morning. Mrs. Dubler had been an invalid for several years. She leaves
four sons, John of Clifton Springs, Edward of Rochester, Charles and
Barney Dubler of Canandaigua; four daughters, Mrs. George Knapp of
Brockport, Miss Mary Dubler and Mrs. Raymond, of this village; also one
sister, Mrs. Jacob Remery of Chapin.
From Ontario County Journal 2 February 1906
On Wednesday occurred the death of Mrs. Inez E. Latham, wife
of Charles Dubois, at her home on Antis street, aged 50 years. Deceased
had been in failing health for some time. Besides the husband, two
sons, Erwin and Charles; and one daughter, Miss Florence Dubois,
survive. The funeral services will be held at the home at 2 o'clock
tomorrow afternoon, and Rev. J. Scott Ebersole will officiate.
From Geneva Daily Times 8 May 1908
Byron McMaster, aged about 50 years, and James DuBois, Jr.,
aged about 38 years, who resided on the shores of Canandaigua lake,
were drowned in the lake yesterday afternoon while on a fishing trip.
The men left their homes about 4 o'clock yesterday afternoon and went
out upon the lake to fish. About 7 o'clock last evening, L. C. Adams,
who resides about three miles up the east shore of the lake, heard
cries for help. He and his son went to the shore immediately and saw
two men clinging to an upturned boat at a point near the middle of the
lake, about half a mile from shore. The men at the time were struggling
to right the boat and climb into it, but were evidently meeting with
but little success. Adams got out his own boat and started to the
rescue. His boat was leaking badly, however, and he was obliged to
return for another. When he was ready to go out again it was quite dark
and the cries of the men had ceased. When Mr. Adams reached the middle
of the lake everything was still and no trace could be found either of
the men or the boat. The facts in the case were telephoned to
Canandaigua and Adams and other neighbors continued the search through
the night without results. This morning a larger searching party was
organized under the direction of Coroner Warner and about thirty boats
spent the morning on the lake dragging for the bodies. Up until noon no
trace of the men had been found. The boat occupied by them was found on
the shore at the foot of the lake. The boat contained the cap of one of
the men and a whitefish. It had evidently been overturned but was
rightside up when found. The lake was very rough at the time the
accident happened and the boat had drifted in to shore during the
night. At the place where the drowning occurred the water is not very
deep and it is expected that both bodies will be recovered. McMaster is
survived by his widow, two sons and one daughter. DuBois is survived by
his widow and one son three years of age.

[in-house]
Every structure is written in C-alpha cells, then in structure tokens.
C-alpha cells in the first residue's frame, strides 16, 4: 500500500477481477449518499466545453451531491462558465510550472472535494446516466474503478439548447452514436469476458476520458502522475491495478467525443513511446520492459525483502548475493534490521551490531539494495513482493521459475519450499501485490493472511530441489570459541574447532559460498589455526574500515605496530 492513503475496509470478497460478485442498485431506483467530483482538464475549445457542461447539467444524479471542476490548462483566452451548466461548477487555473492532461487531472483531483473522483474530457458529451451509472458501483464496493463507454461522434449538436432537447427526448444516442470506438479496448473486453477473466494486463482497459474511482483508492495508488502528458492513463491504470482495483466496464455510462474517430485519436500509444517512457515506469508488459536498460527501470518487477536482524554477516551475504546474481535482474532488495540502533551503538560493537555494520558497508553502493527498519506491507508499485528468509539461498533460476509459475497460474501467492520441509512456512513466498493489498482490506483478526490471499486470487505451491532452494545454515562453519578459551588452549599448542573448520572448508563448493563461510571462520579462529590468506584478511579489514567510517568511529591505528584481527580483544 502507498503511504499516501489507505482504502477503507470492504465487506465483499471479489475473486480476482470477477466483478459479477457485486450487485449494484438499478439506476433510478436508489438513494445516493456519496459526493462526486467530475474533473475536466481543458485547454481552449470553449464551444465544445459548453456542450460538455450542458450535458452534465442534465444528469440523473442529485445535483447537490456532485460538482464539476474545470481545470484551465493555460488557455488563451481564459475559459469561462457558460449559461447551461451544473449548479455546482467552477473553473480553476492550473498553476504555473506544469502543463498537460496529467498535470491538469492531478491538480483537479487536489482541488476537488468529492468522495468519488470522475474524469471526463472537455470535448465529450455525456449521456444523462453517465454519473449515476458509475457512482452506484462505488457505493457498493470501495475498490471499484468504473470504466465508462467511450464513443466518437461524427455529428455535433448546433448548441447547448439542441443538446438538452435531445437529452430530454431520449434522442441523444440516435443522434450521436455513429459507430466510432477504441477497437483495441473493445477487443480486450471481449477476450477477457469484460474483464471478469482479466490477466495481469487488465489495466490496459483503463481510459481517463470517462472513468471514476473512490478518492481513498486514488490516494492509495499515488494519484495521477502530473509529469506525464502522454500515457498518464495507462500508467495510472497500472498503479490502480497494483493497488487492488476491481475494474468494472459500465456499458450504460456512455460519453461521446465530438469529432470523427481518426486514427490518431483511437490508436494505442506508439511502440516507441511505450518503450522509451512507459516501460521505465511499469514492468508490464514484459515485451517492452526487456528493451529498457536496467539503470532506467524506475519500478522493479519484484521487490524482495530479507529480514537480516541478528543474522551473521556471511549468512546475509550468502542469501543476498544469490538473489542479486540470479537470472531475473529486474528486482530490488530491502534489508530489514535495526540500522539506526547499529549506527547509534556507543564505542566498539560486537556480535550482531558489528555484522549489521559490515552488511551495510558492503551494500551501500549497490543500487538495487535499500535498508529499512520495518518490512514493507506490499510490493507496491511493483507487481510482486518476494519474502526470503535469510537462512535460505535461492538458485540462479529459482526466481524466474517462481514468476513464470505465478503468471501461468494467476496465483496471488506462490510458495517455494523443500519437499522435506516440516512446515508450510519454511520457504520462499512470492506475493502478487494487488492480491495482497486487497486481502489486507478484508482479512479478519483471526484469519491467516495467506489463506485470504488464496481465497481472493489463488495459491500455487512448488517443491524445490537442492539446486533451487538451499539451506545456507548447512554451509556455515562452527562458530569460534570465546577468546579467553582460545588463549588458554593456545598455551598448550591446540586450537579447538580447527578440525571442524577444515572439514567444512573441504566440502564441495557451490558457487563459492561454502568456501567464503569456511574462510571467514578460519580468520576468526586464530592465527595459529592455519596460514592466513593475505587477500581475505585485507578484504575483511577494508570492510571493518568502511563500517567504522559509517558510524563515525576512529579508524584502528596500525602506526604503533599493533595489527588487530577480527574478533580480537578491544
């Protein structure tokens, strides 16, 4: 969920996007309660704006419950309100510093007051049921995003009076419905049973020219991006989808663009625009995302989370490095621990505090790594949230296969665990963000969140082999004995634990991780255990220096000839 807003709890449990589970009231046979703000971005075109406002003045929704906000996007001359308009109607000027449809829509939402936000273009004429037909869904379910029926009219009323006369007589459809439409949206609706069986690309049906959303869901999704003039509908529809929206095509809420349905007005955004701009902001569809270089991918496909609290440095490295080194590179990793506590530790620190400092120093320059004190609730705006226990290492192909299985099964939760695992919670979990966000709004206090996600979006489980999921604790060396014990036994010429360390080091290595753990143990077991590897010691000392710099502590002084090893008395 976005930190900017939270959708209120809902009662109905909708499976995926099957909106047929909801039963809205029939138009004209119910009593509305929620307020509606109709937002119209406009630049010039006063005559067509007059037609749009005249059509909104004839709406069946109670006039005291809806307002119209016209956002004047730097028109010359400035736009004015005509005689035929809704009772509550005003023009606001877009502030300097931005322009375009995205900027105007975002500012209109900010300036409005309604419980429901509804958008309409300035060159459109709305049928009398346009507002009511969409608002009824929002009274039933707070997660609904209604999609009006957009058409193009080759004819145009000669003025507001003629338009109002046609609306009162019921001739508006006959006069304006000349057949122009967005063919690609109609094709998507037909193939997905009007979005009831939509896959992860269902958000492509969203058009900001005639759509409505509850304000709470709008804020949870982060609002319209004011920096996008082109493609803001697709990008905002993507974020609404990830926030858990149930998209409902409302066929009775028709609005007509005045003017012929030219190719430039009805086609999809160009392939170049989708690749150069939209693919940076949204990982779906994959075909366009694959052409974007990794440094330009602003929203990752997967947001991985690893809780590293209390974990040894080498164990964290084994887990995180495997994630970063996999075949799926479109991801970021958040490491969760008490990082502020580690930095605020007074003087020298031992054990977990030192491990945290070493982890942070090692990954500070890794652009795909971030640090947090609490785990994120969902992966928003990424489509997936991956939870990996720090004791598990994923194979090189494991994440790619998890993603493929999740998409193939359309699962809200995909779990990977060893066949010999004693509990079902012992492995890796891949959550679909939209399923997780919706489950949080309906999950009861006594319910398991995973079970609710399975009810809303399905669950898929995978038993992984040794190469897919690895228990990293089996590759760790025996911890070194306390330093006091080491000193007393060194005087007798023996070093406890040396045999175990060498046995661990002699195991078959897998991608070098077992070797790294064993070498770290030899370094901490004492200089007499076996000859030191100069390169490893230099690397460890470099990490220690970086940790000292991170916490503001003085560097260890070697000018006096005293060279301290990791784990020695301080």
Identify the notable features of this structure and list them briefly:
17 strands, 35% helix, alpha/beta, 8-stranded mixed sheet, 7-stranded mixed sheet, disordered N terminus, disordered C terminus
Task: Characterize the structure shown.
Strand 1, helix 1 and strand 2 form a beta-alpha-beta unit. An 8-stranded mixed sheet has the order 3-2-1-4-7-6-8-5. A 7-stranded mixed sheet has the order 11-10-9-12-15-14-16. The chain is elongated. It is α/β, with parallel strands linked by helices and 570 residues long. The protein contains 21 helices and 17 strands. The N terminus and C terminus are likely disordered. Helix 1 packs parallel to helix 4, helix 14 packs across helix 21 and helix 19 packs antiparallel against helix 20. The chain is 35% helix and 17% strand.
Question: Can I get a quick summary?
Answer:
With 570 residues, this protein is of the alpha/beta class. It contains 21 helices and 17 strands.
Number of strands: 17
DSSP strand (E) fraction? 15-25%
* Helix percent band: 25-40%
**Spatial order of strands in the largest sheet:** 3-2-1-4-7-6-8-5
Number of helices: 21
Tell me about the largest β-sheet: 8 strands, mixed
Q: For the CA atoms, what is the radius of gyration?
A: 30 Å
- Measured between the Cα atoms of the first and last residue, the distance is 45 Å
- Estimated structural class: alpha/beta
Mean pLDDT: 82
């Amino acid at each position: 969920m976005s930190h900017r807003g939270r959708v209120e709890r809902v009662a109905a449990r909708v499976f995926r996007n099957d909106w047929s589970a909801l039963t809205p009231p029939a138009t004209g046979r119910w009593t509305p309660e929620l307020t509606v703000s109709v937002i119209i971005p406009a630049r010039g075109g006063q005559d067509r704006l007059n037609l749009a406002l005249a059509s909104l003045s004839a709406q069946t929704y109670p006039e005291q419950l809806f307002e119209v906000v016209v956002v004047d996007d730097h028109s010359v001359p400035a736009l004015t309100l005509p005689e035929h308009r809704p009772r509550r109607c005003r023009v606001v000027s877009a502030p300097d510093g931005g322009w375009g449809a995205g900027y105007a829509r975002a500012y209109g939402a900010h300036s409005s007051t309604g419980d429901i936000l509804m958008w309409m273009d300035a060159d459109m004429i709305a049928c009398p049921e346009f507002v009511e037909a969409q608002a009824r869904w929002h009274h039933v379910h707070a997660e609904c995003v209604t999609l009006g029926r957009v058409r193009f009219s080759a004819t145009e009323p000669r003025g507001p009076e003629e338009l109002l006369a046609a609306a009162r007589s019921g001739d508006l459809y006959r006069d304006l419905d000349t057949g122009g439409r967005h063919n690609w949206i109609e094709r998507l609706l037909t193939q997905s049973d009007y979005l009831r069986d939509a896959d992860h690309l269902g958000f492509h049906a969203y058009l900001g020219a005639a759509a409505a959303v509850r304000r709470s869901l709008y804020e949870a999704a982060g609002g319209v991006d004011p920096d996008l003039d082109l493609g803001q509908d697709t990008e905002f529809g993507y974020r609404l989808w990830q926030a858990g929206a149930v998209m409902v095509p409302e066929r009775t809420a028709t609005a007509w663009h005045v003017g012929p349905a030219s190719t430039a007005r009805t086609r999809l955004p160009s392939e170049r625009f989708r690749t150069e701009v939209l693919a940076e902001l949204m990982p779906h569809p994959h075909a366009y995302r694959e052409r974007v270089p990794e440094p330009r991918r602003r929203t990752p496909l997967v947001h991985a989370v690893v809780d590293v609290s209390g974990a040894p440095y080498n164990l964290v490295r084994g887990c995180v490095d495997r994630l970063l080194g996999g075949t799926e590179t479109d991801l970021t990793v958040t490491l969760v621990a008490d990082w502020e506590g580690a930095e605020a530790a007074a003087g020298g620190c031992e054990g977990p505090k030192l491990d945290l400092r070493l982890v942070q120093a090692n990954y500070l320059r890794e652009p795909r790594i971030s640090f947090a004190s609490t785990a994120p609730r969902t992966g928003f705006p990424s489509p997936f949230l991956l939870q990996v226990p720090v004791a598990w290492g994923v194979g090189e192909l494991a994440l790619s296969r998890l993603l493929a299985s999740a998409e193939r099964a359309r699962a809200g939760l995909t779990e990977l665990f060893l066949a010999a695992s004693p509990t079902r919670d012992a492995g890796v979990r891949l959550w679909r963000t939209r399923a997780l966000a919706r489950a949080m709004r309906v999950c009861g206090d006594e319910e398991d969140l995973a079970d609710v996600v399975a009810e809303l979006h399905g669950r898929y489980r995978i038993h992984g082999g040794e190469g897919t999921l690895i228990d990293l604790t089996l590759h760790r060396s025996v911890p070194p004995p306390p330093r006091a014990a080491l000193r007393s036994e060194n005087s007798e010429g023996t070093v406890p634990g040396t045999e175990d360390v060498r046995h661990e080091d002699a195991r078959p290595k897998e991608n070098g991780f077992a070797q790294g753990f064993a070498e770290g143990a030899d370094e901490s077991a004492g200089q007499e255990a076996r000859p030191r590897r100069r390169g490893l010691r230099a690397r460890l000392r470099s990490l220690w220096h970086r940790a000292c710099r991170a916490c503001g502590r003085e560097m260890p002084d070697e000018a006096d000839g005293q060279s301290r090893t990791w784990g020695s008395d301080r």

From Ontario County Journal 5 November 1909
The death of James Dubois, who passed away at his home on
Lake street on Friday, removed a familiar figure from the haunts of the
fishermen. Death was due to general debility. Mr. Dubois was perhaps
more familiar with the fishing grounds at this end of the lake than any
other man, and knew where to find the white fish and bull heads at all
seasons. Deceased was 74 years of age. His wife died several years ago.
There survive four sons, Charles H., Rankin and Wallace Dubois of this
village, and David Dubois, of Batavia; also two daughters, Mrs. Louis
Tobin of this village, and Mrs. Charles Dewey of Palmyra. Funeral
services were held on Sunday afternoon at the Curtice undertaking rooms.
From Ontario County Journal 10 November 1916
Victor, N. Y. - Rev. James H. Dubois, of this town, died at
the home of his sister, Mrs. Mary Bennett, at Waverly, on Oct. 31 of
arterial sclerosis. A few weeks ago, Mr. Dubois went to visit his
sister, thinking the change would prove beneficial, but not long after
his arrival he grew worse. He was born at Humphrey on August 7, 1811;
was married on Nov. 25, 1868, to Miss Mary E. Van Voorhis, of Victor.
In the fall of the same year he entered the Methodist Episcopal
ministry in Genesee conference and was a pastor for 18 years. Ill
health compelled him to retire from the ministry and he purchased a
home in this village, where he resided for 30 years. He is survived by
his wife and one daughter, Mrs. Roy A. Deal, of this village; and two
sisters, Mrs. Mary Bennett and Miss Clarissa Dubois, both of Waverly;
and two brothers, Rev. Milton Dubois of Leroy and Edmond Dubois of
Bradford, Pa. Funeral services were conducted from the family home on
Friday by Rev. J. W. Allatt, pastor of the Methodist Episcopal church.
Interment was in Boughton Hill cemetery.
From Geneva Daily Times 28 June 1905
In Willard, June 27th, occurred the
death of Mrs. Jennie DuBois, wife of James DuBois of
this place. Mrs. DuBois is survived by her husband, five sons, Charles,
James, Rankin, and Wallace
of Canandaigua, and David of Batavia; and four daughters, Mrs.